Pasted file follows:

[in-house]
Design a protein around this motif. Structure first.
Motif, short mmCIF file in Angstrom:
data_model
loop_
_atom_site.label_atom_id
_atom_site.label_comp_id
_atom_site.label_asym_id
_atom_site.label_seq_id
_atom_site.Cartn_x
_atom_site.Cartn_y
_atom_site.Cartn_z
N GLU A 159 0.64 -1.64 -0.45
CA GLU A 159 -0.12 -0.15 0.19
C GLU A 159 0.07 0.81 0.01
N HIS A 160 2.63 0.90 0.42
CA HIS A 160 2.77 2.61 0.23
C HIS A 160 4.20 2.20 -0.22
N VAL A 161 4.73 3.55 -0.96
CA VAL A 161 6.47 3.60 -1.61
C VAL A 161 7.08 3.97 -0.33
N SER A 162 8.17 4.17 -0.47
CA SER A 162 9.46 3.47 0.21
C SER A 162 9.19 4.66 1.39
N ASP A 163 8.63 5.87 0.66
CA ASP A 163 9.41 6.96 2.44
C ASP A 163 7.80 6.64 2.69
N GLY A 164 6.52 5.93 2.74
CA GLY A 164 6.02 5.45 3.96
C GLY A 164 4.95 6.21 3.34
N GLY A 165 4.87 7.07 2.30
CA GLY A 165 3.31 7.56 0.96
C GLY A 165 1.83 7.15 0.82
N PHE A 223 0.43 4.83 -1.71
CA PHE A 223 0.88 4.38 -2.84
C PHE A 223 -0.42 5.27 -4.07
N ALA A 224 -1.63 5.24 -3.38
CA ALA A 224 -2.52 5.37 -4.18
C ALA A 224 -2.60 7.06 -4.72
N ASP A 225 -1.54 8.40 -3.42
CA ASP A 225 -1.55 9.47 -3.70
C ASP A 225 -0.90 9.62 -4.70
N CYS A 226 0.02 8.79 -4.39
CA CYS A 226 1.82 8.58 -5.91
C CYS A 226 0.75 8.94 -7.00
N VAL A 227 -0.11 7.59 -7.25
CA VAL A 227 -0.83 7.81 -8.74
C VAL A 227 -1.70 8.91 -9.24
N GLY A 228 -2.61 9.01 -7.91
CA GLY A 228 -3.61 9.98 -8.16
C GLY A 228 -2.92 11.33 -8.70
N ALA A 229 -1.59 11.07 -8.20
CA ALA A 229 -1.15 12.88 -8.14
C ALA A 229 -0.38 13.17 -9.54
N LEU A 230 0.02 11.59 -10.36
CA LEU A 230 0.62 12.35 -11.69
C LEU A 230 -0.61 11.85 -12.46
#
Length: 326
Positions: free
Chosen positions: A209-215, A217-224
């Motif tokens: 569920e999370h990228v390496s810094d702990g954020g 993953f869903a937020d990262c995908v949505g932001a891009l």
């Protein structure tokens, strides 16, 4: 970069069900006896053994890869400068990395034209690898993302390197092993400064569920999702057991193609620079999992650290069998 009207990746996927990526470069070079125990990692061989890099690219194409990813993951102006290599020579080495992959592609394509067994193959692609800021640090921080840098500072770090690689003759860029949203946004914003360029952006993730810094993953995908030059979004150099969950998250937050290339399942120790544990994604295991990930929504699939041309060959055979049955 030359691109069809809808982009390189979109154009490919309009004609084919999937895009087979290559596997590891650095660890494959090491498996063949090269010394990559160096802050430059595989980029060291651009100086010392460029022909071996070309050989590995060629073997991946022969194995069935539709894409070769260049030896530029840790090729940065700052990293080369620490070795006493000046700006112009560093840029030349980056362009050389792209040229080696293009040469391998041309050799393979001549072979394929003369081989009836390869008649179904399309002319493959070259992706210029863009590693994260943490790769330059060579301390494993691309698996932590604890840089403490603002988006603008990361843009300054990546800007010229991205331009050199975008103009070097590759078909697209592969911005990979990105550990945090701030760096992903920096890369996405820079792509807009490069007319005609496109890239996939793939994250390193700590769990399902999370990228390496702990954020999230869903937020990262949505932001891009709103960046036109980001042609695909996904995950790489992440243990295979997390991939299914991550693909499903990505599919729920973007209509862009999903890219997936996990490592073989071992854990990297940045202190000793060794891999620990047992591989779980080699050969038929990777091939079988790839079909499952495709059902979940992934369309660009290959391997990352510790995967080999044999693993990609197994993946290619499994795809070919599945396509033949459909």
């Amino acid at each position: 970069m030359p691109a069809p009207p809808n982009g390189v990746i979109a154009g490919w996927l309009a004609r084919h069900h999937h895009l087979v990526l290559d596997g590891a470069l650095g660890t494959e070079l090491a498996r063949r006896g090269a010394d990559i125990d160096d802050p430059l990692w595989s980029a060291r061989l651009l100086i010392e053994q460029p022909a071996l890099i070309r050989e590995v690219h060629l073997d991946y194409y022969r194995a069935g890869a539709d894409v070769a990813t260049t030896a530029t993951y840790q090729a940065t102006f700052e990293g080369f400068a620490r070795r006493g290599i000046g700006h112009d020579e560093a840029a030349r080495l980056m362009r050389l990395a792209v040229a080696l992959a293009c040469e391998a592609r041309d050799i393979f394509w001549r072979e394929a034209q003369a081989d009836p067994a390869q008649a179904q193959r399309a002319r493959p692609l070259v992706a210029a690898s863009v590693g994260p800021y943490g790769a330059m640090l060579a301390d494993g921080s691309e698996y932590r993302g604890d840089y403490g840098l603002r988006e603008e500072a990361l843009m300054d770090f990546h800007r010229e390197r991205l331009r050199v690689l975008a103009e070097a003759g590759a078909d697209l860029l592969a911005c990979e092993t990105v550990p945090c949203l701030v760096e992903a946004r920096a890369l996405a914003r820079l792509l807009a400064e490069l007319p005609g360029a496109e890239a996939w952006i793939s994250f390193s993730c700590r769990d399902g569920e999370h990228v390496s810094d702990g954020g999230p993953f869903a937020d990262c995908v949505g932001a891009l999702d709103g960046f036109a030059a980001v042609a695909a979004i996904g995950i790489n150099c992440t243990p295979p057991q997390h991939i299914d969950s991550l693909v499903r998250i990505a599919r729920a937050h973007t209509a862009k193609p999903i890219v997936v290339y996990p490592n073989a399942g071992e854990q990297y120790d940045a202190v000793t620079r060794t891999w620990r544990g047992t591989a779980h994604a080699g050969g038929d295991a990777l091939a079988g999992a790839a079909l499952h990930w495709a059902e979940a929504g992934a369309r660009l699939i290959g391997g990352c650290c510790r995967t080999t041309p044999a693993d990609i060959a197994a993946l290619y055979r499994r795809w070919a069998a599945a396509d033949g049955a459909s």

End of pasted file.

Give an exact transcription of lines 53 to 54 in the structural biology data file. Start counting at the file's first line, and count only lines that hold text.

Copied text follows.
CA ALA A 229 -1.15 12.88 -8.14
C ALA A 229 -0.38 13.17 -9.54